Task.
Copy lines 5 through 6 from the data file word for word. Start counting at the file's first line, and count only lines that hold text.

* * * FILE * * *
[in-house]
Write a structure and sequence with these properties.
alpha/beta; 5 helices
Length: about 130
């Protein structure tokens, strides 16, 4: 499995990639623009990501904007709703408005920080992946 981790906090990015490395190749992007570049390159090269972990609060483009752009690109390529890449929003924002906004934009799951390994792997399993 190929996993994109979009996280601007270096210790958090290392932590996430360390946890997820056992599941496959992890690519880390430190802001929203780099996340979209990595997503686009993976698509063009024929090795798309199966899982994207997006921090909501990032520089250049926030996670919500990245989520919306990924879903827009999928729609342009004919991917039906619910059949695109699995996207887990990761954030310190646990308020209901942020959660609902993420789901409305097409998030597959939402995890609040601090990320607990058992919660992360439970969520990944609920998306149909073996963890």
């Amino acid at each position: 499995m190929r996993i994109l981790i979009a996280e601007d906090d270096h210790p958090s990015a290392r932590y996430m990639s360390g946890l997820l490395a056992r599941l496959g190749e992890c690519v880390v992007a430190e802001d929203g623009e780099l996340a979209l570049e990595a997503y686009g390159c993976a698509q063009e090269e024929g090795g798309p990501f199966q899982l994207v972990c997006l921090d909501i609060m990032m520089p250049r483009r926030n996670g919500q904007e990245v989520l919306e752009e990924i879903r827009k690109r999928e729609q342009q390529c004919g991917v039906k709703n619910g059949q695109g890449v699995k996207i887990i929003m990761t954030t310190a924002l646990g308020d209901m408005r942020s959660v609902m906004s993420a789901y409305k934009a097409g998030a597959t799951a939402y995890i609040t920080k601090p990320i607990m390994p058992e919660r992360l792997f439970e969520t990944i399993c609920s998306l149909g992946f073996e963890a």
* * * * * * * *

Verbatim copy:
């Protein structure tokens, strides 16, 4: 499995990639623009990501904007709703408005920080992946 981790906090990015490395190749992007570049390159090269972990609060483009752009690109390529890449929003924002906004934009799951390994792997399993 190929996993994109979009996280601007270096210790958090290392932590996430360390946890997820056992599941496959992890690519880390430190802001929203780099996340979209990595997503686009993976698509063009024929090795798309199966899982994207997006921090909501990032520089250049926030996670919500990245989520919306990924879903827009999928729609342009004919991917039906619910059949695109699995996207887990990761954030310190646990308020209901942020959660609902993420789901409305097409998030597959939402995890609040601090990320607990058992919660992360439970969520990944609920998306149909073996963890």
């Amino acid at each position: 499995m190929r996993i994109l981790i979009a996280e601007d906090d270096h210790p958090s990015a290392r932590y996430m990639s360390g946890l997820l490395a056992r599941l496959g190749e992890c690519v880390v992007a430190e802001d929203g623009e780099l996340a979209l570049e990595a997503y686009g390159c993976a698509q063009e090269e024929g090795g798309p990501f199966q899982l994207v972990c997006l921090d909501i609060m990032m520089p250049r483009r926030n996670g919500q904007e990245v989520l919306e752009e990924i879903r827009k690109r999928e729609q342009q390529c004919g991917v039906k709703n619910g059949q695109g890449v699995k996207i887990i929003m990761t954030t310190a924002l646990g308020d209901m408005r942020s959660v609902m906004s993420a789901y409305k934009a097409g998030a597959t799951a939402y995890i609040t920080k601090p990320i607990m390994p058992e919660r992360l792997f439970e969520t990944i399993c609920s998306l149909g992946f073996e963890a």